Browsing Conferences by Subject "Africa"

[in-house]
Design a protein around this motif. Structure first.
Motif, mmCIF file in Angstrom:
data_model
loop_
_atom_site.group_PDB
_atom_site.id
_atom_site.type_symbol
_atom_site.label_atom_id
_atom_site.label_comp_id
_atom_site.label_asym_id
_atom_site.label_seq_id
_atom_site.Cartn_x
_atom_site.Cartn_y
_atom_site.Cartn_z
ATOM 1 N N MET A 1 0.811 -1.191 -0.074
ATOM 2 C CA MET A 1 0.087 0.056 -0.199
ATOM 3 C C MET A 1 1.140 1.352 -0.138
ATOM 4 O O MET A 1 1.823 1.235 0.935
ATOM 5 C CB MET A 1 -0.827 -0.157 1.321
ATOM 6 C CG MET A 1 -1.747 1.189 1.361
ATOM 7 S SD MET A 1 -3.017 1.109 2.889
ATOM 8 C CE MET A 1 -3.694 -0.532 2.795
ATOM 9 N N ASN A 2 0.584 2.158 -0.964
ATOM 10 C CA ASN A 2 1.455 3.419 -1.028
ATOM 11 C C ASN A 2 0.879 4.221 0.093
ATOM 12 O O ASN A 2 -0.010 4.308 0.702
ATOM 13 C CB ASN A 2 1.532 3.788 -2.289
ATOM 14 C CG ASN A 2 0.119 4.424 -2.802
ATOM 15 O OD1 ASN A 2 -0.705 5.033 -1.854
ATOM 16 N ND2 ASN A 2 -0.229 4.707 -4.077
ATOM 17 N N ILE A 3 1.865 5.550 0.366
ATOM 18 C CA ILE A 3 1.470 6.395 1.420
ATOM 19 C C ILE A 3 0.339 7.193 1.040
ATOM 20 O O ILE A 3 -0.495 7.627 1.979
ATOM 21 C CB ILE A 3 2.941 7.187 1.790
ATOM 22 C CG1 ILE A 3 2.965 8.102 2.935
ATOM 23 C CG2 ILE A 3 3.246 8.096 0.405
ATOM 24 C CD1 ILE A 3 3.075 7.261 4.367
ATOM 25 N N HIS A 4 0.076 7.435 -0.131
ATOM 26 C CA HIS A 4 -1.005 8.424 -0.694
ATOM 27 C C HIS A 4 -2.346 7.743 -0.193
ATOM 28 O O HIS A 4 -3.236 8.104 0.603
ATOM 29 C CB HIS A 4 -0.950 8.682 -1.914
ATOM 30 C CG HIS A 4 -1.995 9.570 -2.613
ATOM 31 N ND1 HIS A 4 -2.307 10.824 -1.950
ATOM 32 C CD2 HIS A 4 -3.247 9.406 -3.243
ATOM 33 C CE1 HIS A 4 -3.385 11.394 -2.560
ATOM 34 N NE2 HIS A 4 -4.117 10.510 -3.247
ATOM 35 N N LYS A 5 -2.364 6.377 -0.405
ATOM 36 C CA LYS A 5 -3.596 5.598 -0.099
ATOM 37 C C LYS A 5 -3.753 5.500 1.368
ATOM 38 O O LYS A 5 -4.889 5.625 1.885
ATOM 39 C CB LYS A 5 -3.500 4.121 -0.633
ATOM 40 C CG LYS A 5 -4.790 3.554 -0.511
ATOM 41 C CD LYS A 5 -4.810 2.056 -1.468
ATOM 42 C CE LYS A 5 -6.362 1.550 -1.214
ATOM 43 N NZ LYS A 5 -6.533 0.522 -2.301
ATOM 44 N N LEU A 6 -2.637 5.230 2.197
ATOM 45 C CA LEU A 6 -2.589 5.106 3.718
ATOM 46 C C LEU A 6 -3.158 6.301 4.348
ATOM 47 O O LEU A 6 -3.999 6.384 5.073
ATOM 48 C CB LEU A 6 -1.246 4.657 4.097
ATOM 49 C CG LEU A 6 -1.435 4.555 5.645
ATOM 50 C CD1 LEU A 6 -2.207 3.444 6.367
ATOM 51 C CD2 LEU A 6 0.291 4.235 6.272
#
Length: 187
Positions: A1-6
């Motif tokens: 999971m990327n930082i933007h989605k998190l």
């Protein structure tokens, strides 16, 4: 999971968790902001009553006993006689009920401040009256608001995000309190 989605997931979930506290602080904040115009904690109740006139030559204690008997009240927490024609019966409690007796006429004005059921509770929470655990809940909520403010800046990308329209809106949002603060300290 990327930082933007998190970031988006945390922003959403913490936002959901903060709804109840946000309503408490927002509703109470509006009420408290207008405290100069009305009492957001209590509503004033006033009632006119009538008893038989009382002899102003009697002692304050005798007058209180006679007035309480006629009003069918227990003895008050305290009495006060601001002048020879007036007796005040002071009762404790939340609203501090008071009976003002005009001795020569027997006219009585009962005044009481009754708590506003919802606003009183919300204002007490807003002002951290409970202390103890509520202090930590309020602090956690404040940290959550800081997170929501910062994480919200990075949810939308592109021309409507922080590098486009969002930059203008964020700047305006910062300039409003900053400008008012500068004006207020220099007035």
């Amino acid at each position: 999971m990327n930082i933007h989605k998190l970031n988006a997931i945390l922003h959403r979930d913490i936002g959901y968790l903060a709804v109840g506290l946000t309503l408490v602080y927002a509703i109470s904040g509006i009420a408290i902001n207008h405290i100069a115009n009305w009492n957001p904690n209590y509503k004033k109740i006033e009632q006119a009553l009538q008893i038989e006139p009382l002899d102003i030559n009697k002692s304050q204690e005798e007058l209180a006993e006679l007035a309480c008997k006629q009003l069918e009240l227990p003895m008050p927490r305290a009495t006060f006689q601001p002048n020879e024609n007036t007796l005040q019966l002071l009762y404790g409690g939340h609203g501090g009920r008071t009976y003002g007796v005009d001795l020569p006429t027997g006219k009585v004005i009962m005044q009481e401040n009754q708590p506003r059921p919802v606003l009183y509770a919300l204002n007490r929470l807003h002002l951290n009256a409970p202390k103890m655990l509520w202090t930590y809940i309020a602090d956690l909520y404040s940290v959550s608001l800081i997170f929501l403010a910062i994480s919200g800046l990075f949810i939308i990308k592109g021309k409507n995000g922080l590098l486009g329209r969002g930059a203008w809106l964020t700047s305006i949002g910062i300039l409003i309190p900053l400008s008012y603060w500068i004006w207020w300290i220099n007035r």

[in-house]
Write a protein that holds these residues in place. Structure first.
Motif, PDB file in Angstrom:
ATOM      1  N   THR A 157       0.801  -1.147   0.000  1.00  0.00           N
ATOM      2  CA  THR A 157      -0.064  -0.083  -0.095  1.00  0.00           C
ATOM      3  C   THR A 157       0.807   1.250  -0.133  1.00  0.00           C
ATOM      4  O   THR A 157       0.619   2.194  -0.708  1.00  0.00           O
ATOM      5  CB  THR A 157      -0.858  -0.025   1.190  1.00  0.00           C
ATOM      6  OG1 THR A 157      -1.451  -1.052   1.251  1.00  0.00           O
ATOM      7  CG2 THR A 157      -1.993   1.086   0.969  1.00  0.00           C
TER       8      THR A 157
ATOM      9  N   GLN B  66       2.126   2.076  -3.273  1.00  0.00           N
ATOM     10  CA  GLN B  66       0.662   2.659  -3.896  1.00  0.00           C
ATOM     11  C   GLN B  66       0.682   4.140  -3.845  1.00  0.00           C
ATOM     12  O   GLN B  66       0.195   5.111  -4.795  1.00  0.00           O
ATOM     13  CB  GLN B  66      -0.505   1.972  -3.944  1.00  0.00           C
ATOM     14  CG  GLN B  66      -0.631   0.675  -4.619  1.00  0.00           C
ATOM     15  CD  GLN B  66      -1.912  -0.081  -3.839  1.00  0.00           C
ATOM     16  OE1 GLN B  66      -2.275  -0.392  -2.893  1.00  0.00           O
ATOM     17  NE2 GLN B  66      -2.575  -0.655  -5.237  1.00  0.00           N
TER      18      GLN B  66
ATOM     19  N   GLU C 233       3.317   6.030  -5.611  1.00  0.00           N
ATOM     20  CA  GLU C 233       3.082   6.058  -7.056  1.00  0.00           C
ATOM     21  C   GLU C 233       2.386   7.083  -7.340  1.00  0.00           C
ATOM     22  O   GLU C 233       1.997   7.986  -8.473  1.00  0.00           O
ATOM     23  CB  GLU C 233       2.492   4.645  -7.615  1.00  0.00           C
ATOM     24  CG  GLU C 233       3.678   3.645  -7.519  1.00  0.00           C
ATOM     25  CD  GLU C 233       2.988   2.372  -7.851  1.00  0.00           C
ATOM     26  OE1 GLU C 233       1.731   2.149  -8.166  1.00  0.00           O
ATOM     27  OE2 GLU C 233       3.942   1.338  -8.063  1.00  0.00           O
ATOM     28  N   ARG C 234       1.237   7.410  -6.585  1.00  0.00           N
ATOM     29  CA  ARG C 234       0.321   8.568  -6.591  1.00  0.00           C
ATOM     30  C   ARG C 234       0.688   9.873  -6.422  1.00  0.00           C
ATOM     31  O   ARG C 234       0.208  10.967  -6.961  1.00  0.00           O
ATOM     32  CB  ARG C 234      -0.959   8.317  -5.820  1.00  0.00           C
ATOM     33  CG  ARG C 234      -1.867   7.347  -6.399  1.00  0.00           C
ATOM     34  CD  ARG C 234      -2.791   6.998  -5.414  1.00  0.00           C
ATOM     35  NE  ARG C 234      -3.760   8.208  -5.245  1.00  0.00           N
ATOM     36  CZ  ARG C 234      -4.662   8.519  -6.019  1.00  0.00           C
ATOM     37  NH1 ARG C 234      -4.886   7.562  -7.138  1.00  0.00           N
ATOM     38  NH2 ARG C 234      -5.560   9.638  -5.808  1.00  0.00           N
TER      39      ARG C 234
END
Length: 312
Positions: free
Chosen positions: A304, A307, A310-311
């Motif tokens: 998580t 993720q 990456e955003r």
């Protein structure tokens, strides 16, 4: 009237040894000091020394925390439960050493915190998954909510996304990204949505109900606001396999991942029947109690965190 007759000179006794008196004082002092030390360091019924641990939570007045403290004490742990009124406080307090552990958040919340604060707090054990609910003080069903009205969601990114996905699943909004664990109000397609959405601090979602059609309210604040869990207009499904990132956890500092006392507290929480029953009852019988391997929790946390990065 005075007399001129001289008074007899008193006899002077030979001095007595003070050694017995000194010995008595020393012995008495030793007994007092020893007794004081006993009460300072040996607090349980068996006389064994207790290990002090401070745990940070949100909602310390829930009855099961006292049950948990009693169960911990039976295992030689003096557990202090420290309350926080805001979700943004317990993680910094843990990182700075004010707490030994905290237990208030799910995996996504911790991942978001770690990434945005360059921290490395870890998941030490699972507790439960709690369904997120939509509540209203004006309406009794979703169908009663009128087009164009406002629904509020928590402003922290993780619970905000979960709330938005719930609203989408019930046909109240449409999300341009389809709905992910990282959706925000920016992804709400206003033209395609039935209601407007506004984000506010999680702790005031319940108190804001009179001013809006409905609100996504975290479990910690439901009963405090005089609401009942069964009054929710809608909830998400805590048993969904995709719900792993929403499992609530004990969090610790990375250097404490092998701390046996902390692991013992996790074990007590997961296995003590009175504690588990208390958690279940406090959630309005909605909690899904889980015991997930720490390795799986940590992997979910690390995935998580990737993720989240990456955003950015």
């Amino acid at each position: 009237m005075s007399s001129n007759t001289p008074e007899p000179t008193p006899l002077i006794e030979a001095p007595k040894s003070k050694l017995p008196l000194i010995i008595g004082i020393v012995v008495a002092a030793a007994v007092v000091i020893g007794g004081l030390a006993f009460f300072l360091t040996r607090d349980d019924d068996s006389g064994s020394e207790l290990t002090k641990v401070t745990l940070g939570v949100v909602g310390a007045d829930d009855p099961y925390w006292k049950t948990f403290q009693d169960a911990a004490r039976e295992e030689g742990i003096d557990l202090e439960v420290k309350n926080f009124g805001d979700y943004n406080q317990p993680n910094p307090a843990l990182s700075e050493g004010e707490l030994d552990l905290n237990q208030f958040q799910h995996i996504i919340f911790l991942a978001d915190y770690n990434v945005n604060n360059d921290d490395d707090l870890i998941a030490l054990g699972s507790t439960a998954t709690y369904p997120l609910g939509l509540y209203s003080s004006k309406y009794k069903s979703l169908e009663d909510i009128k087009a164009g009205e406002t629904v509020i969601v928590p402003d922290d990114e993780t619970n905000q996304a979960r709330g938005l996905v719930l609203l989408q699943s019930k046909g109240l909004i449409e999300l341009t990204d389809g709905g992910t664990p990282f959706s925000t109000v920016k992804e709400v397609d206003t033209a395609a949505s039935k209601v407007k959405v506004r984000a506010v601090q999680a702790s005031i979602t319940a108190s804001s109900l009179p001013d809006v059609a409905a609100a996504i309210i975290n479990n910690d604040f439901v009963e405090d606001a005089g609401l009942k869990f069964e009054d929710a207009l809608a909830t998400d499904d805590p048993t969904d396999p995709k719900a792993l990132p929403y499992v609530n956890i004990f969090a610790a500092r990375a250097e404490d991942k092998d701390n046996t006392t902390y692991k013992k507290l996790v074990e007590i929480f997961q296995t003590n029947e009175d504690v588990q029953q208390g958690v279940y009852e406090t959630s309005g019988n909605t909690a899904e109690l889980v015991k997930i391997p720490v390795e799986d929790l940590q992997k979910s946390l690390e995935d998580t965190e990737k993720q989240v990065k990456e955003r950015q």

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ItemChallenges of building digital repositories in Africa: A case study of best practise(Dakar, Senegal, 2016-06-22) Bakhoum, NafissatouLibraries are known to promote change through individual and institutional capacity leading to quality, effectiveness and then to development. Information and knowledge, as a vehicle of power and wealth, are then likely to root out economic marginalization, inequalities, unemployment and other shortages the African continent is suffering. But, in spite of its outstanding scholarly and cultural heritage and huge progress made in ICT, it is striking that Africa is still lagging behind in the international scheme of knowledge production, which is conducting the world. Deficiencies in education, lack of innovation, of a wide professional militantism and of a strong political commitment are the main causes. African libraries, therefore become conscious that such weaknesses, instead of being experienced as an additional source of frustration can be turned into an impulse for innovative change. Even if federating exhaustively valuable African contents in a unique virtual space, has not already become a reality, some African scientific institutions step boldly forward in implementing programs to meet the huge challenge of digitizing scholarly contents and providing online access to them. They are struggling to break with a long period of gathering rich scientific materials, formerly shelved in libraries as treasures, in order to safeguard and valorize them. Then, building digital repositories and promoting open access in a context with limited resources has never been so relevant. They have proven efficient in providing technical infrastructure, quality-based and value-added solutions to the management of collections, especially in heritage libraries. The objective of this paper is to reinforce, through demonstration, the optimistic view consisting of believing that all is not bleak in Africa, and overcoming challenges depends on how being strategic in addressing core issues. It focuses on two points: 1. Challenges attached to the preservation and valorization of African scholarly contents; After presenting briefly the context of accumulation of scientific materials in Africa, namely in Afrique occidentale française (AOF), we focus on the benefit effects of digitizing African scholarly contents and how it can impact on the dissemination of research outputs and sustainable development. 2. Promoting access through a digital repository: a case study of best practice. This part is demonstrative and illustrates that some African academic institutions adapt to innovative change and develop capacities to build worth institutional repositories. This case study is from Institut fondamental d’Afrique noire Cheikh Anta Diop (FAN Ch A Diop). ItemCollaborrative Approcahes to Building Digital Repositories in Africa(Third International Conference on African Digital Libraries and Archives (ICADLA-3), 2016-06-21) Bwamkuu, Africa JWhile there is exponential growth of local generated intellectual output from Africa, remains are challenges to make the local content visible and available at the global level. By 29th January, 2013, out of 2256 repositories listed in the Directory of Open Access Repositories (DOAR) at www.opendoar.org, only 60 repositories are in Africa, which is 2.66% of total repositories in DOAR. This statistics is consistent with many available studies which indicates that Africa’s’ contribution to the global knowledge is limited. The report released by Thomson Reuters on April 2010 also confirms that Africa's contribution to the global body of scientific research is very small and does little to benefit its own populations. With over 30 academic institutions that award bachelors, masters and PhD each year, Ethiopia faces the same challenges, make intellectual output accessible at the global level. Recognizing this fact, Ethiopian major actors in the educational field, in particular, the Consortium of Ethiopian Academic and Research Libraries (CEARL) and the National Education and Research Network of Ethiopia (EthERNet), have been actively exploring ways to address the challenge using the modern technology. CEARL, as content provider and EthERNet, as infrastructure operator, has been collaborating to unlock Ethiopian academic institutions’ knowledge using common digital repository. The collaboration is guided by Memorandum of Understanding (MoU) that harmonizes individual institutional policy framework. The paper explores the collaborative approaches whereby individual institutions pooled together resources and at the same time, jointly engage international partners specifically the International Network for the Availability of Scientific Publications (INASP), the Royal Tropical Institute (KIT), the African Digital Library Support Network (ADLSN) and the Institute of Development Studies (IDS) to bring about the national repository.